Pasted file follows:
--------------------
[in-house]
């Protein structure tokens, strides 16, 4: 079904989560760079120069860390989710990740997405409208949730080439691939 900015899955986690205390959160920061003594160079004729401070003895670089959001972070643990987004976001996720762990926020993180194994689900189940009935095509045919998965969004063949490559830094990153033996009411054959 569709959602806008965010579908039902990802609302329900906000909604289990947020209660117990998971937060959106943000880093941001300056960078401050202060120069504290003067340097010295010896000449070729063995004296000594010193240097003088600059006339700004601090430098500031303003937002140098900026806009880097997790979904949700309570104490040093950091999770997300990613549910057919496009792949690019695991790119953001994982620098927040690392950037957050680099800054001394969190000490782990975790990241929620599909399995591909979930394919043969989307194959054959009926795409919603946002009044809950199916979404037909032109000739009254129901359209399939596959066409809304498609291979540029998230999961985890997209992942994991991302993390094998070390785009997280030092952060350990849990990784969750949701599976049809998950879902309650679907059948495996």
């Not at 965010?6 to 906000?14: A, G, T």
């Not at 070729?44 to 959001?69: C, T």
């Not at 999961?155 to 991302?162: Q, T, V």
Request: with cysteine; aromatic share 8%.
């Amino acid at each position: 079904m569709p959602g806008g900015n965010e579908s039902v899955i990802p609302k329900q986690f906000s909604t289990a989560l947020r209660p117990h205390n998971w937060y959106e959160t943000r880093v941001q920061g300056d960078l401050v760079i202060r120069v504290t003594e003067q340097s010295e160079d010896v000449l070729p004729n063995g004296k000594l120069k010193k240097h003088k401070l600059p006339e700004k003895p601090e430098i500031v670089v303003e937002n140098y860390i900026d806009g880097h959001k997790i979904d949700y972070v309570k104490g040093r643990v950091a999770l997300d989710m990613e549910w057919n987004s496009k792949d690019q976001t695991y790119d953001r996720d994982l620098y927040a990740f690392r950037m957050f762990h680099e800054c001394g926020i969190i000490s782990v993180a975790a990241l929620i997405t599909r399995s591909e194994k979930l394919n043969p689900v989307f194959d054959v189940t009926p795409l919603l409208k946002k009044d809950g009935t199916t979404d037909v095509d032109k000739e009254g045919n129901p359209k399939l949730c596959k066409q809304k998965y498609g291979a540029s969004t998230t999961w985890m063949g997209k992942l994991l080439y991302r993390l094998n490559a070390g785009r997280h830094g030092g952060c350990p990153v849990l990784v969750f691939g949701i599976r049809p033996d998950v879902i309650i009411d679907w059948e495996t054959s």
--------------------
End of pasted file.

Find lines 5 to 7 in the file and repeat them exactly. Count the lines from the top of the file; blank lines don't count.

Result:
């Not at 999961?155 to 991302?162: Q, T, V």
Request: with cysteine; aromatic share 8%.
């Amino acid at each position: 079904m569709p959602g806008g900015n965010e579908s039902v899955i990802p609302k329900q986690f906000s909604t289990a989560l947020r209660p117990h205390n998971w937060y959106e959160t943000r880093v941001q920061g300056d960078l401050v760079i202060r120069v504290t003594e003067q340097s010295e160079d010896v000449l070729p004729n063995g004296k000594l120069k010193k240097h003088k401070l600059p006339e700004k003895p601090e430098i500031v670089v303003e937002n140098y860390i900026d806009g880097h959001k997790i979904d949700y972070v309570k104490g040093r643990v950091a999770l997300d989710m990613e549910w057919n987004s496009k792949d690019q976001t695991y790119d953001r996720d994982l620098y927040a990740f690392r950037m957050f762990h680099e800054c001394g926020i969190i000490s782990v993180a975790a990241l929620i997405t599909r399995s591909e194994k979930l394919n043969p689900v989307f194959d054959v189940t009926p795409l919603l409208k946002k009044d809950g009935t199916t979404d037909v095509d032109k000739e009254g045919n129901p359209k399939l949730c596959k066409q809304k998965y498609g291979a540029s969004t998230t999961w985890m063949g997209k992942l994991l080439y991302r993390l094998n490559a070390g785009r997280h830094g030092g952060c350990p990153v849990l990784v969750f691939g949701i599976r049809p033996d998950v879902i309650i009411d679907w059948e495996t054959s």